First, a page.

She comes several times a month to spend a couple of hours visiting with patients. When a patient is dying, Irene offers a prayer “for a calm and smooth transition.” Mostly, though, she listens. “Everybody has a story,” she says.

She is often the person called in the night to comfort a patient or family in the Emergency Department.

For Irene, it is not her first “job” or even her first volunteer job. From New Jersey, Irene was a church secretary for years. Upon moving to Randolph 40 years ago, she worked at DuBois and King as the “girl Friday” distributing mail, developing photos in a dark room and operating the business’ first computer, which was roughly the size of Gifford’s chapel, she recalls. She went on to do computer work for a local accountant, until retiring in 1991. A decade of volunteering at White River Valley Ambulance in billing followed.

At WRVA, Irene chased down patients and insurance companies for payments.

At Gifford, the only payment a soft spoken, elegant and humorous Irene is seeking is peace of mind.

“I think I could write a book. The experiences have been from very humorous to very sad. I have had a marriage proposal,” she says with a laugh. “I’ve also been in the Garden Room (for end-of-life patients). I don’t want to say it’s my favorite place, but it’s a place where I feel comfortable, when some of the other (volunteers) do not, because I have been there personally, and I totally admire our palliative care system.”

That admiration and an ongoing need for a comforting hand and listening ear will keep Irene volunteering with Gifford’s chaplaincy program as long as she’s able.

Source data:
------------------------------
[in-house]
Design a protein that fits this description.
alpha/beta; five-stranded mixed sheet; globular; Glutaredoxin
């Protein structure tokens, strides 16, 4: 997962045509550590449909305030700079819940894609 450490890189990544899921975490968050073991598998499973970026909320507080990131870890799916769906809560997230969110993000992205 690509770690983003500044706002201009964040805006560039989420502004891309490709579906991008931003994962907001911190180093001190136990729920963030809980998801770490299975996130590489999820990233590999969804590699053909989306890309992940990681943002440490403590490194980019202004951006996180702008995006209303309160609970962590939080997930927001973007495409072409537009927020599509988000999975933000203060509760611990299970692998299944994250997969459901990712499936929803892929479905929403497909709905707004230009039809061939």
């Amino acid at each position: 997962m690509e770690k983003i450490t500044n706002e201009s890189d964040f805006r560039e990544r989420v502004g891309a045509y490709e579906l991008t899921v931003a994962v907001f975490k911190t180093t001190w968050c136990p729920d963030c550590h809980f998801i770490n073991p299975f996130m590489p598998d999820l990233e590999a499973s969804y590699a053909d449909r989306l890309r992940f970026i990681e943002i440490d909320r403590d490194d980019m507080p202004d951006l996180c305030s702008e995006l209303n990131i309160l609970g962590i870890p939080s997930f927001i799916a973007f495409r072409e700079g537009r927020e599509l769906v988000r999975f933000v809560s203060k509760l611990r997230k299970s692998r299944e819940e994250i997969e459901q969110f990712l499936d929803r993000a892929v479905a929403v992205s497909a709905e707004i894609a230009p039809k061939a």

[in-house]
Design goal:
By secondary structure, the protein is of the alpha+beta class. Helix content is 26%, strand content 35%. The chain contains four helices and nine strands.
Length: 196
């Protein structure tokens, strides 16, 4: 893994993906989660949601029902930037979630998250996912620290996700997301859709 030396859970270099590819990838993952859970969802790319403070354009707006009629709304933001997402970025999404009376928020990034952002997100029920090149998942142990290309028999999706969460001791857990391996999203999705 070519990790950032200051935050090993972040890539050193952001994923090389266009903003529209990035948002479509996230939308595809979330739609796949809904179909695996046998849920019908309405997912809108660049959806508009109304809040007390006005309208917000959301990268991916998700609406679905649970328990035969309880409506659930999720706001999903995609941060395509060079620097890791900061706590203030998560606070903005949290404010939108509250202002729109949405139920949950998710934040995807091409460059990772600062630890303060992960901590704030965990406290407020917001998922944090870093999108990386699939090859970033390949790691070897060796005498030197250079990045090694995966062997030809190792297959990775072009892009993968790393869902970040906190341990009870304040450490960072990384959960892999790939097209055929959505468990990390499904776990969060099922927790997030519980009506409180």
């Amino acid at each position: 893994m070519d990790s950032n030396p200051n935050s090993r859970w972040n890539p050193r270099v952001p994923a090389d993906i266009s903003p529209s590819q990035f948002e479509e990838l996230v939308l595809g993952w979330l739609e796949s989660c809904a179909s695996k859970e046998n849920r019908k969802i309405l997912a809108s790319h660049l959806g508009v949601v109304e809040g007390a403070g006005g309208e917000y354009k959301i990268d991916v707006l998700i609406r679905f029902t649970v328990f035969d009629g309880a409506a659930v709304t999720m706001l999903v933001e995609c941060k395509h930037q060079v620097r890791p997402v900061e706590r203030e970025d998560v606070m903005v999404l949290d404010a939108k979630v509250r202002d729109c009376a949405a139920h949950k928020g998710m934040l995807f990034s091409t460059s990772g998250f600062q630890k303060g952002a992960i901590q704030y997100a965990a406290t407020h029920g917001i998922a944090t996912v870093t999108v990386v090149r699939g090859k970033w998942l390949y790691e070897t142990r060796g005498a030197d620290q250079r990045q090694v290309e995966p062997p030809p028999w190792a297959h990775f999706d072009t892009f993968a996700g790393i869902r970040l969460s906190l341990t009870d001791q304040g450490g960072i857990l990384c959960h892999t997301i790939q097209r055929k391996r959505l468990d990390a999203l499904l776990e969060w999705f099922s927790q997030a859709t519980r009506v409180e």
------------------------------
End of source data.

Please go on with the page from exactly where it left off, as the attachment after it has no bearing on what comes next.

“I look at it as a need. It’s a need that’s being fulfilled, which doesn’t happen at all hospitals. It’s part of Gifford’s outreach and caring and the reason why patients want to be here.”

Irene Schaefer

Irene Schaefer

One Heaping Teaspoon of Heart: Cardiac Rehabilitation

The following is an excerpt from our 2013 Annual Report: A Recipe for Success.

Janet Kittredge

Janet Kittredge and cardiac rehabilitation nurse Annette Petrucelli

After having a stent placed in her heart, Janet Kittredge of Hancock did cardiac rehabilitation at Gifford. She was nervous to start, and then reluctant to leave.

“I love those ladies. They became friends and I couldn’t wait to get back to see them. I just thought they were such happy, positive people. They had (us) all feeling motivated and they made (us) all feel safe and secure … . We talked about all kinds of personal things. It was really fun. Anyone who was there was glad to come back and in no hurry to leave.”
~ Janet Kittredge

A New Home for All Rehabilitation, Billing

occupational therapist Ann Brunelle

This article was featured in our Spring 2014 Update Community Newsletter.

The Kingwood Health Center in Randolph underwent an expansion in the fall that both improved the Route 66 health center and freed up needed space at Gifford’s downtown campus.